1. The city of Portland has spent $96 million since 1998 trying—and failing—to rebuild the East Portland neighborhood of Lents, as WW reported earlier this year (“Razed & Confused,” WW, Jan. 22, 2014). Following that story, Mayor Charlie Hales and the Portland Development Commission are preparing to spend even more to rescue the work already done in the Lents Town Center Urban Renewal Area, according to a draft plan obtained by WW. “We’re doubling down,” writes PDC officials in the upcoming “Lents 5-Year Action Plan.” It proposes that the city spend another $54 million. The city has issued six such plans before. What’s different this time? Deadlines: PDC wants to see five major projects under construction by 2019 near or along Southeast 92nd Avenue and Foster Road. Some residents are pleased to see the benchmarks. “It’s time to start acting,” former Lents Neighborhood Association chairman Nick Christensen says. “I’m optimistic that the PDC gets that.”
  1. Multnomah County is erasing all traces of Sonia Manhas, the health department employee who had an affair with then-County Chairman Jeff Cogen. (They both quit last year, under duress, after Cogen admitted to the affair.) In its proposed 2014-15 budget, the county wants to eliminate Manhas’ old job and fold the health department’s office of policy and planning into another division. Manhas—who pushed such public health efforts as discouraging people from drinking too much sugary soda—helped create the office before applying to run it. The move saves the budget about $200,000. County spokeswoman Julie Sullivan-Springhetti says much of the office’s work will continue: “Really, it’s up to the next health department director and the next [county] chair to decide the county’s priorities and policies around community health.”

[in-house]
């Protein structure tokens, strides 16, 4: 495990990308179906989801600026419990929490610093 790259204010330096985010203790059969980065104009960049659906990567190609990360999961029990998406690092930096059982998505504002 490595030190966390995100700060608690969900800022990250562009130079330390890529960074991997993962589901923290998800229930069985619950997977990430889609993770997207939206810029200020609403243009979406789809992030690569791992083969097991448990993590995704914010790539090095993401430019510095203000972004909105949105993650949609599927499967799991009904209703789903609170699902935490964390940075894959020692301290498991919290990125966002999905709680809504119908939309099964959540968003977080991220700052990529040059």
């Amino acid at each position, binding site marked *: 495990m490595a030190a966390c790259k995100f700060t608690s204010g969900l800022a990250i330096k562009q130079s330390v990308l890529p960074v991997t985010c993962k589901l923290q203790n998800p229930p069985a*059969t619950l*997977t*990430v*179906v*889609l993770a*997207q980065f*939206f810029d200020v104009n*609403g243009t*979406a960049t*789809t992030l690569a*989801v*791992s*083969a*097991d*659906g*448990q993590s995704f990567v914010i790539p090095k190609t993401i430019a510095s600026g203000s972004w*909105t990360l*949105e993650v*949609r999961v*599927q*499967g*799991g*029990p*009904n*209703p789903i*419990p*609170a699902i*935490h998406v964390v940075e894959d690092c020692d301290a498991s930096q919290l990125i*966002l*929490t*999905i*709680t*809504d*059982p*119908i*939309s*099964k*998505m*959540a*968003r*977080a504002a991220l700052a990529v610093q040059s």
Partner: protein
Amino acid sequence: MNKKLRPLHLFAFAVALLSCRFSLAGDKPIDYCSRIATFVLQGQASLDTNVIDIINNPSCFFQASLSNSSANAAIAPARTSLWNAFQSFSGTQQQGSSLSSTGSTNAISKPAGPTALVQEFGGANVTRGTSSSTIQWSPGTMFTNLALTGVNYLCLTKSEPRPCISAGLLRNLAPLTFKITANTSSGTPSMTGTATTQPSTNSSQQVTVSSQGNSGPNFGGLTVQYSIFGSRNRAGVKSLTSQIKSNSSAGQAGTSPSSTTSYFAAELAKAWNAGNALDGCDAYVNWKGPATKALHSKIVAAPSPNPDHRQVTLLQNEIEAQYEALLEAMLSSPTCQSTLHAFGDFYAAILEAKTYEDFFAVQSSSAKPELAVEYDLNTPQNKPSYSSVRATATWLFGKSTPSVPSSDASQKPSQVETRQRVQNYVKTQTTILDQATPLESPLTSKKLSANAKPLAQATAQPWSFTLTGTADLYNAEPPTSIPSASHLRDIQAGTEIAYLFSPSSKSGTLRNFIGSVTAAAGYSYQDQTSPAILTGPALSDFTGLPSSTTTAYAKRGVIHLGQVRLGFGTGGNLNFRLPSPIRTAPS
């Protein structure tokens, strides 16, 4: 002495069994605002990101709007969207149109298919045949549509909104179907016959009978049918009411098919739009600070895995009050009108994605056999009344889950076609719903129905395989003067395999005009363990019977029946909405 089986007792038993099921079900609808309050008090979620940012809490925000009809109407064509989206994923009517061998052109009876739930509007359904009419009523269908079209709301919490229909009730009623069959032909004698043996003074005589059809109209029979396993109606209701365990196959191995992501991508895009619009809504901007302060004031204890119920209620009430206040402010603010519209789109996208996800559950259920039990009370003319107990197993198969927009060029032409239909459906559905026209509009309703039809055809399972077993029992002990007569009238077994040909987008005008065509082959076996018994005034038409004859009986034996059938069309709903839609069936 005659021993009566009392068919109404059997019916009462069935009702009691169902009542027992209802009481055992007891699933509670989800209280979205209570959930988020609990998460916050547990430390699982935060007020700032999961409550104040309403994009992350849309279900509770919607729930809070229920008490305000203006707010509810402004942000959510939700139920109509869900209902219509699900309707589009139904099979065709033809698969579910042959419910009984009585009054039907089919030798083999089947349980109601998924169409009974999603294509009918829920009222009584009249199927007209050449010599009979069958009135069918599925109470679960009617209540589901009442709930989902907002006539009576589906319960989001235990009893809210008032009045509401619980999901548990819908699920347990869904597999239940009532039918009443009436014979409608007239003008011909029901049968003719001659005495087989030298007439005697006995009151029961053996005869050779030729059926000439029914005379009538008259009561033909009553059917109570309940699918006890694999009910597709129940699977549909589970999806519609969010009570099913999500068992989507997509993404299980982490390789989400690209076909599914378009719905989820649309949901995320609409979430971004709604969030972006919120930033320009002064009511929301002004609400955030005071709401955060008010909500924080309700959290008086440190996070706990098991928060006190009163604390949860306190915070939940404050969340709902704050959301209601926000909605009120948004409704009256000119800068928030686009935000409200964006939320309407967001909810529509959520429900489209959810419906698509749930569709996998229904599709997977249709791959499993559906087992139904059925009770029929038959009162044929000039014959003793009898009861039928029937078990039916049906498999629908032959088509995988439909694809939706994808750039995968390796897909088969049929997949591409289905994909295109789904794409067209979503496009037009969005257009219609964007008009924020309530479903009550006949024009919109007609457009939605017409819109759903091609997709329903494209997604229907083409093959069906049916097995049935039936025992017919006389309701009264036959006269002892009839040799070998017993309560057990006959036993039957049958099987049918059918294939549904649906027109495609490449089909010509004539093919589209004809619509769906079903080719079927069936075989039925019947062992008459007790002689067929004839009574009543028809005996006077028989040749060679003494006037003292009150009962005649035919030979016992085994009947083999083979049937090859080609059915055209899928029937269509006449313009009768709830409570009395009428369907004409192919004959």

1. We’ve seen this one before: State officials declare the Columbia River Crossing project dead, then find a way to keep it alive. Gov. John Kitzhaber labeled the CRC a goner after the Legislature in February refused to go along with an Oregon-only plan to build the $2.8 billion Interstate Bridge and light-rail project. But lawyers for the feds and the state recently told a federal judge they still hope the project can get funded. They made that surprising claim in a federal lawsuit brought by the Coalition for a Livable Future, a Portland advocacy group seeking to block the CRC on environmental grounds. If the project truly were dead, the coalition’s lawsuit would be moot. But on March 18, project lawyers sought and received a stay that keeps the CRC alive for another year. Oregon Department of Transportation spokesman Dave Thompson says ODOT will not seek CRC funding. Critics are skeptical. “I’m very concerned,” says Mara Gross, the coalition’s executive director. “The governor indicated this project was shutting down, but what’s happening in the litigation tells a different story.”